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Driving a price revolution Mobile money in international remittances OCTOBER 2016

Driving a price revolution

Mobile money in international remittances

OCTOBER 2016

GSMA

GSMA Mobile Money The GSMA represents the interests of mobile operators worldwide, uniting nearly 800 operators

Mobile

Money

The GSMA represents the interests of mobile operators worldwide, uniting nearly 800 operators with more than 300 companies in the broader mobile ecosystem, including handset and device makers, software companies, equipment providers and internet companies, as well as organisations in adjacent industry sectors. The GSMA also produces industry-leading events such as Mobile World Congress, Mobile World Congress Shanghai and the Mobile 360 Series conferences.

For more information, please visit the GSMA corporate website at www.gsma.com

Follow the GSMA on Twitter: @GSMA

The GSMA’s Mobile Money programme works to accelerate the development of the mobile money ecosystem for the underserved.

For more information, please contact us:

Web: www.gsma.com/mobilemoney Twitter: @gsmammu Email: mobilemoney@gsma.com

This publication was written by Saad Farooq, Nika Naghavi and Claire Scharwatt, GSMA.

THE MOBILE MONEY PROGRAMME IS SUPPORTED BY THE BILL & MELINDA GATES FOUNDATION, THE MASTERCARD FOUNDATION, AND OMIDYAR NETWORK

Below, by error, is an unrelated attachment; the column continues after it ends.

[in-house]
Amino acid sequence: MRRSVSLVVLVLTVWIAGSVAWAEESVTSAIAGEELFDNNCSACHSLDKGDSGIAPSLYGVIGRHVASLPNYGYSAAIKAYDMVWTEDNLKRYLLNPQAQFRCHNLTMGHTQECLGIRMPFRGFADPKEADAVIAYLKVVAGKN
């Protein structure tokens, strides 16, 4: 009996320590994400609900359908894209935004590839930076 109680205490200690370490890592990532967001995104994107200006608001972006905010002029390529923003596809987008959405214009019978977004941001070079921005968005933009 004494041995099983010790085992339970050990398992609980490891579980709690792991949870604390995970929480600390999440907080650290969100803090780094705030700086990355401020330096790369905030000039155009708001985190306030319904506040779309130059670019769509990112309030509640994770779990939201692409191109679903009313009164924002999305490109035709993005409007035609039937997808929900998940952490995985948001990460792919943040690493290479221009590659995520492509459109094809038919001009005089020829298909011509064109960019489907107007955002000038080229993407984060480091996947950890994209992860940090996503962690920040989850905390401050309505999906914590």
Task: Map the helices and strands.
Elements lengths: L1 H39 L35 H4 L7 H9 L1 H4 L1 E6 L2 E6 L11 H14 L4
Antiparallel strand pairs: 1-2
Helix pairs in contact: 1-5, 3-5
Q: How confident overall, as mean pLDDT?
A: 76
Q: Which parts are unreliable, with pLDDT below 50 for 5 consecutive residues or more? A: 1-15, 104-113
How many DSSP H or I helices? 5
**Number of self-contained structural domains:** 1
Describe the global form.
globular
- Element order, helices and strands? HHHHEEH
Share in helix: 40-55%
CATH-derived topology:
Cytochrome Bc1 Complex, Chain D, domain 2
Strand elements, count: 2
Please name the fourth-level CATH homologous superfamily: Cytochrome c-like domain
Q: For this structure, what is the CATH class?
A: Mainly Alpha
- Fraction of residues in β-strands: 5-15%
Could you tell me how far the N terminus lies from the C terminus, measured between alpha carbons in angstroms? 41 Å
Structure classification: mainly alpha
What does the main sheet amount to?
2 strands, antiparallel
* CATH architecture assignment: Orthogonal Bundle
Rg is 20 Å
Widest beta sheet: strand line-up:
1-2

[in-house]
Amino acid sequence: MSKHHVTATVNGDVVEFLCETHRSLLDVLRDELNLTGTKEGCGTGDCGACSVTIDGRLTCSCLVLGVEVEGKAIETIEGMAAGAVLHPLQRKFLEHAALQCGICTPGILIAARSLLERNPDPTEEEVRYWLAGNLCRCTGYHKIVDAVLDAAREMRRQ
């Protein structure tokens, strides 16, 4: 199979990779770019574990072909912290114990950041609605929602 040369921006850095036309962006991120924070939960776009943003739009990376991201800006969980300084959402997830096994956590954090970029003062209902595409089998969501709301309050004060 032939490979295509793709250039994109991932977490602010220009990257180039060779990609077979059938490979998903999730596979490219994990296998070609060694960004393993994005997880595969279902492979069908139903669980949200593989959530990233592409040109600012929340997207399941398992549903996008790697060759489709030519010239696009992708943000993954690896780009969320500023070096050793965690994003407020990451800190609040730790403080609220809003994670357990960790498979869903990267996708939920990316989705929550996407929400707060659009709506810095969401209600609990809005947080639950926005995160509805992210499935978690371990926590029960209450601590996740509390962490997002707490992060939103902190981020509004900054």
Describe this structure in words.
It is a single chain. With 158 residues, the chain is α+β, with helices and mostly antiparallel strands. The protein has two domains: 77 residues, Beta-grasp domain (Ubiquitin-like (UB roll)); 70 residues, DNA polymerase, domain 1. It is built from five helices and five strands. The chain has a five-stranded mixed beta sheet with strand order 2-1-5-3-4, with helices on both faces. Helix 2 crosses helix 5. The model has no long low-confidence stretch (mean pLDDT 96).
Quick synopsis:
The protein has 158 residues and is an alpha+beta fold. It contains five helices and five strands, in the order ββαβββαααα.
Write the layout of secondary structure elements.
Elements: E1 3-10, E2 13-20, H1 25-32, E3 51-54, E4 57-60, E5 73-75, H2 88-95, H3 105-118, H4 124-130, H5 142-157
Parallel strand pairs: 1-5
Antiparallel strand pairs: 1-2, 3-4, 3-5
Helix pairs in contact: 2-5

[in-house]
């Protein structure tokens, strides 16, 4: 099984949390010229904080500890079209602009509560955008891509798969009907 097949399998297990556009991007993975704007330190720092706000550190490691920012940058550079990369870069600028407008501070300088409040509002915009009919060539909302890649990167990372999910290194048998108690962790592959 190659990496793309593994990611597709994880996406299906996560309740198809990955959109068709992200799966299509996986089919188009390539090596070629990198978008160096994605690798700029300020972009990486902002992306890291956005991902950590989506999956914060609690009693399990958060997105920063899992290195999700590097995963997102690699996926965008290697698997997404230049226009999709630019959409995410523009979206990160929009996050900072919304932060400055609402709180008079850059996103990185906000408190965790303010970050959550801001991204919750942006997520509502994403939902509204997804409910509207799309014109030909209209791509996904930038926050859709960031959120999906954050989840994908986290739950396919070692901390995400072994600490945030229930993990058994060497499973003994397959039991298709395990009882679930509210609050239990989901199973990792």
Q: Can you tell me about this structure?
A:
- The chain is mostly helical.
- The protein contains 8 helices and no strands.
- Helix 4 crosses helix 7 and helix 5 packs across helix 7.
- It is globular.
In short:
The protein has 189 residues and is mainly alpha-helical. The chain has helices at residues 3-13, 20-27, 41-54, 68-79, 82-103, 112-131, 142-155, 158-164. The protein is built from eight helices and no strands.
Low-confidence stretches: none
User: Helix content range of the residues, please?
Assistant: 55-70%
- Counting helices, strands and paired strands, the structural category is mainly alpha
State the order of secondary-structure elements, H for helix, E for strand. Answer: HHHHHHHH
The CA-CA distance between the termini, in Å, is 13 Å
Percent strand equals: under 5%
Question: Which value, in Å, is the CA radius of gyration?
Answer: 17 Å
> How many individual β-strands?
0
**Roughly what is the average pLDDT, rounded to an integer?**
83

MONEY PROGRAMME IS SUPPORTED BY THE BILL & MELINDA GATES FOUNDATION, THE MASTERCARD FOUNDATION, AND OMIDYAR

DRIVING A PRICE REVOLUTION: MOBILE MONEY IN INTERNATIONAL REMITTANCES

CONTENTS

FOREWORD

4

EXECUTIVE SUMMARY

5

BACKGROUND

6

Reducing the cost of international remittances: a global policy objective

6

The promise of mobile money for international remittances

7

Assessing the impact of mobile money on lowering remittance prices

8

RESULTS

10

Insight 1 – Using mobile money for international remittances is more than 50% cheaper than using global MTOs

10

Insight 2 – Mobile money is particularly competitive for low-value transactions

11

Insight 3 – Mobile money is a critical tool to achieve SDG 10.c

11

Insight 4 – Competition can have a significant impact on reducing remittance costs

12

Insight 5 – The impact of mobile money on remittances supports broader financial inclusion and financial integrity objectives

13

CONCLUDING REMARKS AND RECOMMENDATIONS

14

Ongoing research is needed to chart the impact of mobile money on remittances and, in turn, on progress toward SDG 10.c.

14

More enabling regulation can facilitate competition and accelerate the reduction of remittance costs

15

The industry’s continued commitment to invest in safe and sustainable services is critical to realise the full potential of mobile money for international remittances

15

APPENDICES

16

Appendix A – Methodology

16

Appendix B – Country corridors

17

GSMA

Foreword

The Department for International Development (DFID) recognises the critical importance of remittances, or sending money home, to developing countries. For those living in poverty or in fragile countries, remittances are a lifeline that far surpasses international aid as a source of income. If properly harnessed, the proliferation of mobile technology can help strengthen and sustain these vital cross-border flows.

Global remittance flows exceeded $580 billion in 2014 1 and the World Bank Group estimates that Sub-Saharan Africa will receive $34 billion in 2016. 2 Remittances from the UK to the rest of the world totalled an estimated US$11.5 billion in 2014, 3 according to aggregated World Bank data. 4